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Meet Lizy Dastin of Art and Seeking in West LA

Today we’d like to introduce you to Lizy Dastin.

Lizy, let’s start with your story. We’d love to hear how you got started and how the journey has been so far.
I’ve been teaching various college art history courses for the last twelve years and come from an extremely traditional background in the material. After graduating from Christie’s Education with a degree in Connoisseurship and the History of the Art Market, I worked on curatorial projects at the Metropolitan Museum and the Whitney Museum of American Art while working on my dissertation in a Ph.D. program. And I was miserable, insecure, anxious and have never felt further away from myself. For me, academia was a dysfunctional place fraught with so much pain and comical mishap that eventually my misery was so great that I dropped out, not knowing if I would ever find success or fulfillment in my field. I had to trust myself in that decision and stop letting myself be governed by other people’s expectations or by my own fear. The issue was how to sustain a living knowing I could never get hired as a tenure-track professor without a Ph.D. and being unwilling to give up the teaching I’ve always found fantastically rewarding. Art and Seeking was born in that terrifying, invigorating, transitional moment.

Overall, has it been relatively smooth? If not, what were some of the struggles along the way?
If it were smooth it wouldn’t be nearly as exciting! “The hard is what makes it great.” My biggest personal challenge has been to really define where I fit in. I’m a street art enthusiast, a friend, a fan, a teacher but the terms of my role within the community took a while to come into focus.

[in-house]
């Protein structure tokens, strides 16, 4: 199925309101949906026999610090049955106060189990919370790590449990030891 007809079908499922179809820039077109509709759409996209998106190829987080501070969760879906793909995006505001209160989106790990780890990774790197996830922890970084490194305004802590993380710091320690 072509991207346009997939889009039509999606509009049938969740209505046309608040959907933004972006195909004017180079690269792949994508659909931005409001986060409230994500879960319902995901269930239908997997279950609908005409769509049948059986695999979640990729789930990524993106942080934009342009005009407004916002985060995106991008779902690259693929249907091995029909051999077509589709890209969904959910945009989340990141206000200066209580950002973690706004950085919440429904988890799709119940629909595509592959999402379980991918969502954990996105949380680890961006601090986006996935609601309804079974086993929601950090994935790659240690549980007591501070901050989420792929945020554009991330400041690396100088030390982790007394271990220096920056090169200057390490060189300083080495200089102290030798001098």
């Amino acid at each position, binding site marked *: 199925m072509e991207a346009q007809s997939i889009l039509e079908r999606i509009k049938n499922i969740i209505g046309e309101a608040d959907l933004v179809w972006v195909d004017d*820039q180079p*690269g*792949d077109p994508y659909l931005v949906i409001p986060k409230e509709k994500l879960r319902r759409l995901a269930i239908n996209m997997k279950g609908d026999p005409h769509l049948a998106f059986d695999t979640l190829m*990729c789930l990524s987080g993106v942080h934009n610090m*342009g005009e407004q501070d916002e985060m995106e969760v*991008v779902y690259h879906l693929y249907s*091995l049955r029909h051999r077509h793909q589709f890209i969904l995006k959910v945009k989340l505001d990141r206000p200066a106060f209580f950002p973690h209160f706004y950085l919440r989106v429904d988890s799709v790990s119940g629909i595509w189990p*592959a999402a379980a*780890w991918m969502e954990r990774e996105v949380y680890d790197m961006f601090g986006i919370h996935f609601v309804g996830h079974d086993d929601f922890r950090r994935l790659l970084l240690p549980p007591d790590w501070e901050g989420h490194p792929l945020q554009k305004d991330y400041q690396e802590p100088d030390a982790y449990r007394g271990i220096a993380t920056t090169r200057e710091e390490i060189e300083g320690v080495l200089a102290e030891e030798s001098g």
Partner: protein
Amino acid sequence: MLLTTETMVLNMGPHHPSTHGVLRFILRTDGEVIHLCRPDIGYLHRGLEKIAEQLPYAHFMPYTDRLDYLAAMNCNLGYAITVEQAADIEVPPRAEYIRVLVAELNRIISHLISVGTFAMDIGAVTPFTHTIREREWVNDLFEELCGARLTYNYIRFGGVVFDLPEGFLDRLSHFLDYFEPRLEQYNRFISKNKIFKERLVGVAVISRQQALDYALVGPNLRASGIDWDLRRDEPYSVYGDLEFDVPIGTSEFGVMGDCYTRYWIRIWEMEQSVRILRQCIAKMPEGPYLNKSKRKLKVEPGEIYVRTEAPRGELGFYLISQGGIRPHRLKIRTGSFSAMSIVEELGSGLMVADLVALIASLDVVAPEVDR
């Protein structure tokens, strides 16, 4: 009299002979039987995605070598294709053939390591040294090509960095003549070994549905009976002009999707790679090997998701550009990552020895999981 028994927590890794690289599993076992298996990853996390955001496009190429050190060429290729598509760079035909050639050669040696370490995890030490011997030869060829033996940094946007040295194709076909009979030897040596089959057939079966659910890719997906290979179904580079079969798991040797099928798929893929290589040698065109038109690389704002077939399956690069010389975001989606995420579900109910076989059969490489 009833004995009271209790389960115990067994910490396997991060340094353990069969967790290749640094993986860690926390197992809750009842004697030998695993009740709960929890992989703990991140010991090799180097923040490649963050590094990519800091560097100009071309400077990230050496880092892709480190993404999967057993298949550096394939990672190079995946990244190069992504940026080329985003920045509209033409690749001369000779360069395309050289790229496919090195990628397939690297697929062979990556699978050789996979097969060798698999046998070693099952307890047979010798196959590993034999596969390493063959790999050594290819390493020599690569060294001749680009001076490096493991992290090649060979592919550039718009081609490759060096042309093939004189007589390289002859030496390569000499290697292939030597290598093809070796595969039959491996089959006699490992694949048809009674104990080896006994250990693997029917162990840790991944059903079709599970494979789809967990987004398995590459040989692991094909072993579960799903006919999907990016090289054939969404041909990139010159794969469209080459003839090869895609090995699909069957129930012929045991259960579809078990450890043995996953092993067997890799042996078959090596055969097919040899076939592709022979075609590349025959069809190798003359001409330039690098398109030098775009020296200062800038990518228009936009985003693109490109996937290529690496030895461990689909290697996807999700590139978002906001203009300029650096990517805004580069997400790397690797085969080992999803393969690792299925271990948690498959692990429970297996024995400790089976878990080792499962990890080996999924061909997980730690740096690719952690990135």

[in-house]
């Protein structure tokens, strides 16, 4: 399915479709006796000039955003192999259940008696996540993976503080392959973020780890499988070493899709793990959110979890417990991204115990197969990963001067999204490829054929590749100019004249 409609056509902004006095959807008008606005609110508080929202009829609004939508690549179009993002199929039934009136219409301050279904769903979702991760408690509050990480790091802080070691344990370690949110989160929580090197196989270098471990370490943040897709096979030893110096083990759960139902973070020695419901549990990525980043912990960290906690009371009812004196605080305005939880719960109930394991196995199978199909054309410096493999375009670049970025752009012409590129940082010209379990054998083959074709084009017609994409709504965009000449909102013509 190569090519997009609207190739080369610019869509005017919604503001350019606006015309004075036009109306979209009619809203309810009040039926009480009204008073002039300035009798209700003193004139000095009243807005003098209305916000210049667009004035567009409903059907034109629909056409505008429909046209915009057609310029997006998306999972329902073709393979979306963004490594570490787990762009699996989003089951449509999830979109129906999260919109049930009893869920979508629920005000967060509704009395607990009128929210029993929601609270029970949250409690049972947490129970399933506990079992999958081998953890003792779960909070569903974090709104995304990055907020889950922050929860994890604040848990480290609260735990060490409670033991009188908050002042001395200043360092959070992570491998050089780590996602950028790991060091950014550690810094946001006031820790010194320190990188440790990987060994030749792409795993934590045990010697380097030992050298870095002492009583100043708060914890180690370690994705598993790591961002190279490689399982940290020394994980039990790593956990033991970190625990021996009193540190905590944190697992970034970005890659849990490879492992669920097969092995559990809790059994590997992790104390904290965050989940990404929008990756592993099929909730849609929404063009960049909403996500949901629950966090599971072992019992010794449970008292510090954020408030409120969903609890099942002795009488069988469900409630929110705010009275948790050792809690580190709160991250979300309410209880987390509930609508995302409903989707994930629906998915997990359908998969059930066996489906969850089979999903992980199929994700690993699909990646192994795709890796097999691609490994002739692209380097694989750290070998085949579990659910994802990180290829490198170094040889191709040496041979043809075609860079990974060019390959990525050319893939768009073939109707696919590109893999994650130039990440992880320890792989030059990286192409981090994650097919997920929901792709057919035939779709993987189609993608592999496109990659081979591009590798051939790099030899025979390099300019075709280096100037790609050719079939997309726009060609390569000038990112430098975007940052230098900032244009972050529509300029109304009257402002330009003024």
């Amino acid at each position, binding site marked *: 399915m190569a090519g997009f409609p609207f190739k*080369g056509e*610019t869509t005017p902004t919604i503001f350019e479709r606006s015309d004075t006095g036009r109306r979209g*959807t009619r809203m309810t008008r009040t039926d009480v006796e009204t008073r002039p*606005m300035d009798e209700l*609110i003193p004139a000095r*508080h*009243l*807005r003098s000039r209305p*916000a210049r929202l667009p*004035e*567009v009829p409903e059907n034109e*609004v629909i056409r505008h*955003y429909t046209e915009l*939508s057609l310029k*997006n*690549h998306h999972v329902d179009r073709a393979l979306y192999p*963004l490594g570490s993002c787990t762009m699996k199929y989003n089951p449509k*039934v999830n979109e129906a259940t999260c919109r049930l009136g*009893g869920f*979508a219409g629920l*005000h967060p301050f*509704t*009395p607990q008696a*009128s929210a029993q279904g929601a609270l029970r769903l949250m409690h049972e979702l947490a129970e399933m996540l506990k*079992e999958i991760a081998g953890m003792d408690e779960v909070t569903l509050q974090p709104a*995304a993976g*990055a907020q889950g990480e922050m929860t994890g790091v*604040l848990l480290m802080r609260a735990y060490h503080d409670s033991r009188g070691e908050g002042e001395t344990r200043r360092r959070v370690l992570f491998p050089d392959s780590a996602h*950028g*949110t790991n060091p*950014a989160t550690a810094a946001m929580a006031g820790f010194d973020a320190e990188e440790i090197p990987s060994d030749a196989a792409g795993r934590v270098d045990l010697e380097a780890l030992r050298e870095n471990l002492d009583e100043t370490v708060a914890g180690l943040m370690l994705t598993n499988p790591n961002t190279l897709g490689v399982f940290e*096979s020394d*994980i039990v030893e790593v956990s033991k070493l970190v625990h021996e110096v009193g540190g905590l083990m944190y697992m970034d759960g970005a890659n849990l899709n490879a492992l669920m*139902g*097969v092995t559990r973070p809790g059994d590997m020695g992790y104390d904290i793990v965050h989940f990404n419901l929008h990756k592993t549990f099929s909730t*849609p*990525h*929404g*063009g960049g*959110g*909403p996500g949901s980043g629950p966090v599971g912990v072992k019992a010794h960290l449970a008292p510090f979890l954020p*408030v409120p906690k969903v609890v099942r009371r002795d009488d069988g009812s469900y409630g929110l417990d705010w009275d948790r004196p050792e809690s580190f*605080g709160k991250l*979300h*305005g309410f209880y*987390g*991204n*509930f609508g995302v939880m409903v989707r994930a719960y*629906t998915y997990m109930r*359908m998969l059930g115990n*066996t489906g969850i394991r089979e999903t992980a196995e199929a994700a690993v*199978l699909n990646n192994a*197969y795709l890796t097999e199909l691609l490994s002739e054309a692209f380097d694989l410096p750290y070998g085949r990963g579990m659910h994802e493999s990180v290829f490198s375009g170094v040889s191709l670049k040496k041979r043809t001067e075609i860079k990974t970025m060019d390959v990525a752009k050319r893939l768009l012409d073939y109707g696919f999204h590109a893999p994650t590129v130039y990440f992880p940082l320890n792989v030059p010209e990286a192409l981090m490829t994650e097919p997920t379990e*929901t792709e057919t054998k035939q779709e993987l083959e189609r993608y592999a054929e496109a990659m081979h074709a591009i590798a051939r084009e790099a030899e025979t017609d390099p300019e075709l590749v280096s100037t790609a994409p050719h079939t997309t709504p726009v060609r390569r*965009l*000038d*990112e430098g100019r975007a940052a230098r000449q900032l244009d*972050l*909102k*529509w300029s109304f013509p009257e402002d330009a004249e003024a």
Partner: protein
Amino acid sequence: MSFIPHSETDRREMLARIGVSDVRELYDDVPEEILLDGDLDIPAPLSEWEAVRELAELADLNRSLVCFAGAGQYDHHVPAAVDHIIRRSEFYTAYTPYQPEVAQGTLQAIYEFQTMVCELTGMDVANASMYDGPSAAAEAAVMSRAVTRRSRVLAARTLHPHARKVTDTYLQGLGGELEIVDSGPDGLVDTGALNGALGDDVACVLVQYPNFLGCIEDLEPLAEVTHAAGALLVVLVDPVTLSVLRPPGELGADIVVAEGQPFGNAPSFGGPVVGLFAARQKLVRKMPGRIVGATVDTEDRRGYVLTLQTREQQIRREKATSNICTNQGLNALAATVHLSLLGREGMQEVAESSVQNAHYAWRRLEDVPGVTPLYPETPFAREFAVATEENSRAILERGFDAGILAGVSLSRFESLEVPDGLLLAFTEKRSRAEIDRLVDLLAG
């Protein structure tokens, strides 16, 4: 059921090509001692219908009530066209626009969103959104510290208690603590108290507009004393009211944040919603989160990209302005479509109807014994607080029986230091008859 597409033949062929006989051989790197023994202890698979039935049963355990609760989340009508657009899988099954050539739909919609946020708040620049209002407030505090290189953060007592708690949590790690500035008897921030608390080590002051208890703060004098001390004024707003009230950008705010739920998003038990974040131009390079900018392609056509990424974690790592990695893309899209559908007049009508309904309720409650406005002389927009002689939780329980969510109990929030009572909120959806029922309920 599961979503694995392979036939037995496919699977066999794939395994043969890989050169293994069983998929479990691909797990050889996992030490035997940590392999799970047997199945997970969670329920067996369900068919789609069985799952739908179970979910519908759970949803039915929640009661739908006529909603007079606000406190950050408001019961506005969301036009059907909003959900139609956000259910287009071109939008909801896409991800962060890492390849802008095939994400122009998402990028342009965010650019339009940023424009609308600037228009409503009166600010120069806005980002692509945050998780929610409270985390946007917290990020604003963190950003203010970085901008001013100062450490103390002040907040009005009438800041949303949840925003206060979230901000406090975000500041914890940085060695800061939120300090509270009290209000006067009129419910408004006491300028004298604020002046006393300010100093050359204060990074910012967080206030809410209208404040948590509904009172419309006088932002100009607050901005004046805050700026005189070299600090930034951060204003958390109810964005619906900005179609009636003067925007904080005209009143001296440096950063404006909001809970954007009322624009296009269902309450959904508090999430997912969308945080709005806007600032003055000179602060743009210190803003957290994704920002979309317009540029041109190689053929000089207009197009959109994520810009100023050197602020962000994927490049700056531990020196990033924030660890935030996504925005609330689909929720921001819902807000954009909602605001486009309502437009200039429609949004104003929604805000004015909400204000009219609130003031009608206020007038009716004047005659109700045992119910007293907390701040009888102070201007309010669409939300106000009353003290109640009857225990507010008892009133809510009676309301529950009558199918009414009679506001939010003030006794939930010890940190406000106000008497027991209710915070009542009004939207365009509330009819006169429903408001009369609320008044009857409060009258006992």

Art and Seeking – what should we know? What do you guys do best? What sets you apart from the competition?
The foundation of Art and Seeking surrounds collapsing the space between the mainstream artworld and the dynamic margins of street art. Within this, I interview artists about their practice in the hopes of creating a permanent archive out of a space that’s fundamentally ephemeral. Additionally, I manage relationships between artists and building owners looking to enliven their walls, curate exhibitions, write articles and am in the process of writing a book about contemporary street art in Los Angeles that combines art historical context and analysis with behind the scenes access to the world.

Although the book won’t be published until the Fall, that’s what I’m most proud of since it feels like a way to honor my family. My grandfather was an incredibly talented novelist who had a remarkable gift for storytelling that he passed down to my mother. Telling stories through my teaching has always been the way I’ve connected to their lineage and having the opportunity to write a book is a humbling extension of that.

I think what distinguishes me from others in the field is the combination of my longstanding experience in academia, profound enthusiasm for art history–both renegade and traditional–and sheltered background that’s juxtaposed with a secret and strong renegade streak,

What is “success” or “successful” for you?
If I can encourage anybody to see the world even the slightest bit differently–suddenly noticing a sidewalk stencil on their way to work that they passed a hundred times before but never saw–that is a huge success. I want to elevate the way we talk about and understand street art and underscore that art–street or otherwise–does not have to be a rarefied experience and can be an integrated aspect of our everyday adventures.

Contact Info:

Image Credit:
Colette Miller, thrashbird, Padhia, Meg Zany

Getting in touch: VoyageLA is built on recommendations from the community; it’s how we uncover hidden gems, so if you know someone who deserves recognition please let us know here.

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